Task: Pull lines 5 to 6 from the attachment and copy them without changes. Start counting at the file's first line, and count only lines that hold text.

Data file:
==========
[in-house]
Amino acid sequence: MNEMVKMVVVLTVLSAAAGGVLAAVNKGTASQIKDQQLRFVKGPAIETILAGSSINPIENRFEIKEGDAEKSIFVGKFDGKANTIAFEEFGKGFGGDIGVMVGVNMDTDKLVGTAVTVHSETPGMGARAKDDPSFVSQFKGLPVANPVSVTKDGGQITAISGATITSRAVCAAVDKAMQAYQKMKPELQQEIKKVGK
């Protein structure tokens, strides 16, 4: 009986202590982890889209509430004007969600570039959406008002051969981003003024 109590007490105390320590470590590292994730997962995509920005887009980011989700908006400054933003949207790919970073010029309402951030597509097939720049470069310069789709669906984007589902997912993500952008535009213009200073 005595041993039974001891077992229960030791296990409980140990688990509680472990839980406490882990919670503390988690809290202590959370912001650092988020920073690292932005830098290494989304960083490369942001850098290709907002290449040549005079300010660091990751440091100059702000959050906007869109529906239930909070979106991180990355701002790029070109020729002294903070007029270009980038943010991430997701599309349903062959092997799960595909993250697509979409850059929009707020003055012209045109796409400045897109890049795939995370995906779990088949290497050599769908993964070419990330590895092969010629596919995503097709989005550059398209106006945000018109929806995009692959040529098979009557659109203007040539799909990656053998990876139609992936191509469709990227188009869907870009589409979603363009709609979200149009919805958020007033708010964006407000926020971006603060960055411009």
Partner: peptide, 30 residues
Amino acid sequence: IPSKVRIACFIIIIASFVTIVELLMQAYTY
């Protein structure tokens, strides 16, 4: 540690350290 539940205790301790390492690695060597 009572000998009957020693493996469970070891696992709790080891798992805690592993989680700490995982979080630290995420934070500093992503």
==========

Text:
Amino acid sequence: IPSKVRIACFIIIIASFVTIVELLMQAYTY
């Protein structure tokens, strides 16, 4: 540690350290 539940205790301790390492690695060597 009572000998009957020693493996469970070891696992709790080891798992805690592993989680700490995982979080630290995420934070500093992503």